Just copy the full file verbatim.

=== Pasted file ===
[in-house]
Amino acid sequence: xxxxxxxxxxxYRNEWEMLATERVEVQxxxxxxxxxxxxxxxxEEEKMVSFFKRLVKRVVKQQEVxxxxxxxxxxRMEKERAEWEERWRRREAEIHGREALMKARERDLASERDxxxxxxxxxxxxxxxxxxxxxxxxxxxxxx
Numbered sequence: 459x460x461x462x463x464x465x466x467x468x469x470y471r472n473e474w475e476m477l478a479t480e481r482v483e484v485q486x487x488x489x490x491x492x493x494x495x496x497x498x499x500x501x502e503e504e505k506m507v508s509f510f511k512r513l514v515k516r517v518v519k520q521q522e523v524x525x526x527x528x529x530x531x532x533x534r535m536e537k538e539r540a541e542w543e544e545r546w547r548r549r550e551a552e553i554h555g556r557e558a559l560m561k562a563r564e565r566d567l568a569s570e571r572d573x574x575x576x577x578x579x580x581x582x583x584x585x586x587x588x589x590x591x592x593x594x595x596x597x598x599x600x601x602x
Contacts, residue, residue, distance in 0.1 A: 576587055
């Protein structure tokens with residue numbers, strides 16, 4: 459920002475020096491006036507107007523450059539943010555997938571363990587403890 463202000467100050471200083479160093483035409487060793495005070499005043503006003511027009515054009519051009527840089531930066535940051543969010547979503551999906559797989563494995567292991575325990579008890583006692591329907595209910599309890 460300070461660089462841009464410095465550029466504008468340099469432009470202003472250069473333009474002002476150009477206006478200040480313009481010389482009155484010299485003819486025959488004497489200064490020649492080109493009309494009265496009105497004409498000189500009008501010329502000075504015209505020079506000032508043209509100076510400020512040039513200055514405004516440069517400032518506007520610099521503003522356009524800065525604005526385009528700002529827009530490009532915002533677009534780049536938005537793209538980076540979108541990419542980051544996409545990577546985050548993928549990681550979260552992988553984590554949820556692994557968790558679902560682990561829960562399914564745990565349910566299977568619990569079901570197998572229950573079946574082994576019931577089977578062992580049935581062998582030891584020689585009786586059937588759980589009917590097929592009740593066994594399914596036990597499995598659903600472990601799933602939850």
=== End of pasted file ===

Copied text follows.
[in-house]
Amino acid sequence: xxxxxxxxxxxYRNEWEMLATERVEVQxxxxxxxxxxxxxxxxEEEKMVSFFKRLVKRVVKQQEVxxxxxxxxxxRMEKERAEWEERWRRREAEIHGREALMKARERDLASERDxxxxxxxxxxxxxxxxxxxxxxxxxxxxxx
Numbered sequence: 459x460x461x462x463x464x465x466x467x468x469x470y471r472n473e474w475e476m477l478a479t480e481r482v483e484v485q486x487x488x489x490x491x492x493x494x495x496x497x498x499x500x501x502e503e504e505k506m507v508s509f510f511k512r513l514v515k516r517v518v519k520q521q522e523v524x525x526x527x528x529x530x531x532x533x534r535m536e537k538e539r540a541e542w543e544e545r546w547r548r549r550e551a552e553i554h555g556r557e558a559l560m561k562a563r564e565r566d567l568a569s570e571r572d573x574x575x576x577x578x579x580x581x582x583x584x585x586x587x588x589x590x591x592x593x594x595x596x597x598x599x600x601x602x
Contacts, residue, residue, distance in 0.1 A: 576587055
């Protein structure tokens with residue numbers, strides 16, 4: 459920002475020096491006036507107007523450059539943010555997938571363990587403890 463202000467100050471200083479160093483035409487060793495005070499005043503006003511027009515054009519051009527840089531930066535940051543969010547979503551999906559797989563494995567292991575325990579008890583006692591329907595209910599309890 460300070461660089462841009464410095465550029466504008468340099469432009470202003472250069473333009474002002476150009477206006478200040480313009481010389482009155484010299485003819486025959488004497489200064490020649492080109493009309494009265496009105497004409498000189500009008501010329502000075504015209505020079506000032508043209509100076510400020512040039513200055514405004516440069517400032518506007520610099521503003522356009524800065525604005526385009528700002529827009530490009532915002533677009534780049536938005537793209538980076540979108541990419542980051544996409545990577546985050548993928549990681550979260552992988553984590554949820556692994557968790558679902560682990561829960562399914564745990565349910566299977568619990569079901570197998572229950573079946574082994576019931577089977578062992580049935581062998582030891584020689585009786586059937588759980589009917590097929592009740593066994594399914596036990597499995598659903600472990601799933602939850």